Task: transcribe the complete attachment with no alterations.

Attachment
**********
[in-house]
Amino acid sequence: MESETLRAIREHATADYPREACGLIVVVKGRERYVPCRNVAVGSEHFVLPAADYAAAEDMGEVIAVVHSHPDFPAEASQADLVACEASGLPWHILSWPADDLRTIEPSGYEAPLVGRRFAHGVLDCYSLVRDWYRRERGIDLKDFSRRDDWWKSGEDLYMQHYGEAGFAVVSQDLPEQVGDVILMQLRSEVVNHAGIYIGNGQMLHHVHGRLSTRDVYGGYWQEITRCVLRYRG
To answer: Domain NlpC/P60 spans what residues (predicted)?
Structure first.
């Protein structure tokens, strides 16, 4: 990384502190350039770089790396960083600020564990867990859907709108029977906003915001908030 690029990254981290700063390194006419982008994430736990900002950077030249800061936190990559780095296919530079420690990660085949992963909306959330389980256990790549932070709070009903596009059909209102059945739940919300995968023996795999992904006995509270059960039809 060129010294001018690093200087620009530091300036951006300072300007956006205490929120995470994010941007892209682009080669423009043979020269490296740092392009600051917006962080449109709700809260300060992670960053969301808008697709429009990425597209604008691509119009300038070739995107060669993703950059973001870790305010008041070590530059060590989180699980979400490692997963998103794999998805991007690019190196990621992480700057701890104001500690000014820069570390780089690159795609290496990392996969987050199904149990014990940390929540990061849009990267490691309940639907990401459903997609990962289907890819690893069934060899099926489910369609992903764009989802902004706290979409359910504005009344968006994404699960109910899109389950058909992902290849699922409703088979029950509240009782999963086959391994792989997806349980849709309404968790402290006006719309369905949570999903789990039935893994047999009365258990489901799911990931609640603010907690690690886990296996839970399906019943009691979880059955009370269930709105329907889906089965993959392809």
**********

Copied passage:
[in-house]
Amino acid sequence: MESETLRAIREHATADYPREACGLIVVVKGRERYVPCRNVAVGSEHFVLPAADYAAAEDMGEVIAVVHSHPDFPAEASQADLVACEASGLPWHILSWPADDLRTIEPSGYEAPLVGRRFAHGVLDCYSLVRDWYRRERGIDLKDFSRRDDWWKSGEDLYMQHYGEAGFAVVSQDLPEQVGDVILMQLRSEVVNHAGIYIGNGQMLHHVHGRLSTRDVYGGYWQEITRCVLRYRG
To answer: Domain NlpC/P60 spans what residues (predicted)?
Structure first.
């Protein structure tokens, strides 16, 4: 990384502190350039770089790396960083600020564990867990859907709108029977906003915001908030 690029990254981290700063390194006419982008994430736990900002950077030249800061936190990559780095296919530079420690990660085949992963909306959330389980256990790549932070709070009903596009059909209102059945739940919300995968023996795999992904006995509270059960039809 060129010294001018690093200087620009530091300036951006300072300007956006205490929120995470994010941007892209682009080669423009043979020269490296740092392009600051917006962080449109709700809260300060992670960053969301808008697709429009990425597209604008691509119009300038070739995107060669993703950059973001870790305010008041070590530059060590989180699980979400490692997963998103794999998805991007690019190196990621992480700057701890104001500690000014820069570390780089690159795609290496990392996969987050199904149990014990940390929540990061849009990267490691309940639907990401459903997609990962289907890819690893069934060899099926489910369609992903764009989802902004706290979409359910504005009344968006994404699960109910899109389950058909992902290849699922409703088979029950509240009782999963086959391994792989997806349980849709309404968790402290006006719309369905949570999903789990039935893994047999009365258990489901799911990931609640603010907690690690886990296996839970399906019943009691979880059955009370269930709105329907889906089965993959392809």